Part 1

Inside today’s drag cars, you’ll find all sorts of rod ends or spherical bearings. Rod ends, or as the Brits sometimes call them, “rose joints,” happen to be one group of components that get little or no respect. They all look the same (sort of), and when they’re buried deep inside of a car, they’re out of sight and out of mind. However, rod ends may be one of the most critical hardware pieces on your drag car. And yes, they see use in places other than the suspension. For example, rod ends are used in the carburetor linkage. Because they’re not a high profile component, they’re very easy to forget about. Until they break.

When a rod end breaks, things can get ugly. Fast. You see, most rod ends are regularly used in places where they’re charged with handling considerable loads. Rod ends are more than important. They’re critical. And there’s something even more acute: Not all rod ends have been created equal. Some are true aerospace quality. Others are nothing more than junk. Where it becomes really confusing is when you look at a rod end. It’s difficult to tell the difference between an extreme quality rod end and one that just fell off the boat from some sweat shop in the Eastern hemisphere.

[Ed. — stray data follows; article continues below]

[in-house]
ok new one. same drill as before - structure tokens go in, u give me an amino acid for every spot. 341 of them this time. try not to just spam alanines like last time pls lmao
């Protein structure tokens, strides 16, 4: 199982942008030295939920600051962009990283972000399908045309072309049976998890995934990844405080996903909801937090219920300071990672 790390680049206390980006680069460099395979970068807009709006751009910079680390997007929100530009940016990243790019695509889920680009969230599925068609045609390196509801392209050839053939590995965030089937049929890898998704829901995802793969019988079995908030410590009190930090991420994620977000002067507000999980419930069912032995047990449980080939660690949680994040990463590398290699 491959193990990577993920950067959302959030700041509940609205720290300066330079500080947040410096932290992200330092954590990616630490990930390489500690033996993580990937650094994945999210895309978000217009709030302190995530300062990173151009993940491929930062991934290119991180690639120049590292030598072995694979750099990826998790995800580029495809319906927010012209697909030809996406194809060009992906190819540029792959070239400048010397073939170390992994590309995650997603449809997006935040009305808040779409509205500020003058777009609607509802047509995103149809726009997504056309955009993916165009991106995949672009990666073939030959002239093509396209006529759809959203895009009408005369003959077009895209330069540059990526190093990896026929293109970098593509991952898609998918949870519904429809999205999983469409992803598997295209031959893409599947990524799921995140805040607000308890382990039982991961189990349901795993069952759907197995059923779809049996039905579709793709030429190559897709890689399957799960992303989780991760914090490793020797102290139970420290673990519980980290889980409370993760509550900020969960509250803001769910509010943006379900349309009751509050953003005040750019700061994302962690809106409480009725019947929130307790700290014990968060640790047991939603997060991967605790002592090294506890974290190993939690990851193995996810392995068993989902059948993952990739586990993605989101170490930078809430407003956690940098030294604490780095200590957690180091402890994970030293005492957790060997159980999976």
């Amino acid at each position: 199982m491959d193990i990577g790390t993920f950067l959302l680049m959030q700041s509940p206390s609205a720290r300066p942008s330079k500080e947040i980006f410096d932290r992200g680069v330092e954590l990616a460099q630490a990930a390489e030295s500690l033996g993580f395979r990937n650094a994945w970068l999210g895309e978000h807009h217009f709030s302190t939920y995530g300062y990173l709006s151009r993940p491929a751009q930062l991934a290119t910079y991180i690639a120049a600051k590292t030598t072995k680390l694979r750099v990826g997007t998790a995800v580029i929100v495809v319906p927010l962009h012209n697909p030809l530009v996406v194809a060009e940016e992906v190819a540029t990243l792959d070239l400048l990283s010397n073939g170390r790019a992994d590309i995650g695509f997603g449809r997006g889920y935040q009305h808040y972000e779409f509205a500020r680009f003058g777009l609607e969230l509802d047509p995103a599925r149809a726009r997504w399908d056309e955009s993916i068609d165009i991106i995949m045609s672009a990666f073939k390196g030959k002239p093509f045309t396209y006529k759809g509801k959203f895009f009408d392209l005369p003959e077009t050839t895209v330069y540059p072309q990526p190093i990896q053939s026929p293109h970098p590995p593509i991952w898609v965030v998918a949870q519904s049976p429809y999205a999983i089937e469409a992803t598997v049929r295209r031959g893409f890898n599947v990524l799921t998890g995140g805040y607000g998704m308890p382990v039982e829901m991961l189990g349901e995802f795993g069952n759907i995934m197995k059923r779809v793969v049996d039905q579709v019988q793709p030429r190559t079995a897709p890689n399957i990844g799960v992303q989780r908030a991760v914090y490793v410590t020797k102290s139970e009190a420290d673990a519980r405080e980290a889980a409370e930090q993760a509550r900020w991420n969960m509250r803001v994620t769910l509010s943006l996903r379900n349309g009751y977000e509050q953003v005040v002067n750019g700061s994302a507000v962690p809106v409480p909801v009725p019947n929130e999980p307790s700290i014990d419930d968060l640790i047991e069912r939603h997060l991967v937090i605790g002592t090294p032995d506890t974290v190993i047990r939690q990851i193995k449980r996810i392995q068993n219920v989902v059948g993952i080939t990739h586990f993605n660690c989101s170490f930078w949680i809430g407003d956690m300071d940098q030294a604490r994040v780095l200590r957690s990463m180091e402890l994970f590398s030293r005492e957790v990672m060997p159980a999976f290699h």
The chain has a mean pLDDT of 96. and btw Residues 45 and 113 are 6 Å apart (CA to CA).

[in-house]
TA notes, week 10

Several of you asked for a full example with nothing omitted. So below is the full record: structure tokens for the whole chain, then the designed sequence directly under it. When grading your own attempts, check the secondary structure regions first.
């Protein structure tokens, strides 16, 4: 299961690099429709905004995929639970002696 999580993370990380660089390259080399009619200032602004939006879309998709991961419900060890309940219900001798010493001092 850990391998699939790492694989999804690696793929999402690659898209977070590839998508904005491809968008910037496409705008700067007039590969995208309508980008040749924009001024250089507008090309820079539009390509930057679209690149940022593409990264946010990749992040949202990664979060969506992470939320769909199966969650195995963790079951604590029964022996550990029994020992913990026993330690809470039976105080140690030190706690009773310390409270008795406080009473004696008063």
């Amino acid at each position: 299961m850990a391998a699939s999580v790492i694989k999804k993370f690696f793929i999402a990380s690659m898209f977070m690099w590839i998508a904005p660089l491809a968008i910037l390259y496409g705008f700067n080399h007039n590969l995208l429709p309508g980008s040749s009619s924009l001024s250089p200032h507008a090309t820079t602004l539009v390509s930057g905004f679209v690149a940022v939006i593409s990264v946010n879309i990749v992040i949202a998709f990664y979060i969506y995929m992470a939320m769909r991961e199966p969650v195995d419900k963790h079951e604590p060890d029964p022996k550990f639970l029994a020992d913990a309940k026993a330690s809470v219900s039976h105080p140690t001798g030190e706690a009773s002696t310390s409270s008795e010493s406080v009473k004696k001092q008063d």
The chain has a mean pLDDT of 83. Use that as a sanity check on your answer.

When shopping for rod ends for a racecar, look for models like this. They’re a three-piece precision design. In rod ends with this construction format, the race is formed around the ball and then the race insert is staked into the body. This type of construction offers a much closer fit along with a much higher degree of precision between the ball and the race. Because of the three-piece design, different materials can be embodied during construction. This process allows the rod end to best match the application (i.e.: strength versus loads).

The Rudiments Of Rod Ends

By design, a rod end basically consists of a spherical ball that is designed to rotate inside a housing. This ball is the bearing and the housing it’s contained in is the race. The spherical ball is machined flat on each side, and this modified “sphere” is bored with a hole through the center.

There’s something you really can’t see here. Rod ends are usually available with left or right hand threads. That means that for an application such as a trailing link, you simply order the appropriate bearing (be careful—some of the part numbers listed in rod end catalogs are at the best, confusing when it comes to thread types). There’s another thing to consider: Be careful when purchasing jam nuts. They’re not all created equal either. Quite frankly, the A-N or aircraft hardware industry is plagued with inferior knock-off components. And like inferior rod ends, some of this stuff is absolute junk.

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